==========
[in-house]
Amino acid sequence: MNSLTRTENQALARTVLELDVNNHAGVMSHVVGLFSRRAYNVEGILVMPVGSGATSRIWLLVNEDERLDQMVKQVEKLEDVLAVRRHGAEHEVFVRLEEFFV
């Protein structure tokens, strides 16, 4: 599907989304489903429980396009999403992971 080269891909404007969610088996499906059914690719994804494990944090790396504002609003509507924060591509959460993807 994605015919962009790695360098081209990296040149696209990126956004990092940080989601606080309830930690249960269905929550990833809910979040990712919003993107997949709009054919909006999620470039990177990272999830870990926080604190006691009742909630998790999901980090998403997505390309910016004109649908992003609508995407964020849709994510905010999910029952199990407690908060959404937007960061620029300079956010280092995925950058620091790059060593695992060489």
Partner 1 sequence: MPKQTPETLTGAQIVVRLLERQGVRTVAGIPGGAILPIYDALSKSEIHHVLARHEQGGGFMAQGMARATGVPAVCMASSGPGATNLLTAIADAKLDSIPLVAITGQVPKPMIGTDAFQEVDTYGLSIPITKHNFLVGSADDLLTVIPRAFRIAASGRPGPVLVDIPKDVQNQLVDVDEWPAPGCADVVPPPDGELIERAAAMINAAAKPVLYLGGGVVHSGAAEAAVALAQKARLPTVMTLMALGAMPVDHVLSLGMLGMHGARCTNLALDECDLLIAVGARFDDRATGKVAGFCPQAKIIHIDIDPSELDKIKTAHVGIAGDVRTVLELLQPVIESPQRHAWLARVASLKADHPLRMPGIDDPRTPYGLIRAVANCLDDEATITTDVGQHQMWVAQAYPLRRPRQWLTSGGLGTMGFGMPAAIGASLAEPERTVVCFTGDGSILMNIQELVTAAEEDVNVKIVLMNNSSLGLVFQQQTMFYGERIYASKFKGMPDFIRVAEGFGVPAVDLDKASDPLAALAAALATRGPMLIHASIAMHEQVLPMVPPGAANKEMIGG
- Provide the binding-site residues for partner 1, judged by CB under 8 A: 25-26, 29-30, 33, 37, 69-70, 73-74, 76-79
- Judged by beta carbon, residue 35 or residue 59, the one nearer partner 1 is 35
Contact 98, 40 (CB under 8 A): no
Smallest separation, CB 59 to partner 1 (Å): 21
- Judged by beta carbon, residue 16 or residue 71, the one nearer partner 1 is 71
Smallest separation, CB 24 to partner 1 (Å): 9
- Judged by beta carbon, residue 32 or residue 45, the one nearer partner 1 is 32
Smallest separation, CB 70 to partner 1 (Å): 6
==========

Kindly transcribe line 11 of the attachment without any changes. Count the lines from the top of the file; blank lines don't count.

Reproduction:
- Judged by beta carbon, residue 32 or residue 45, the one nearer partner 1 is 32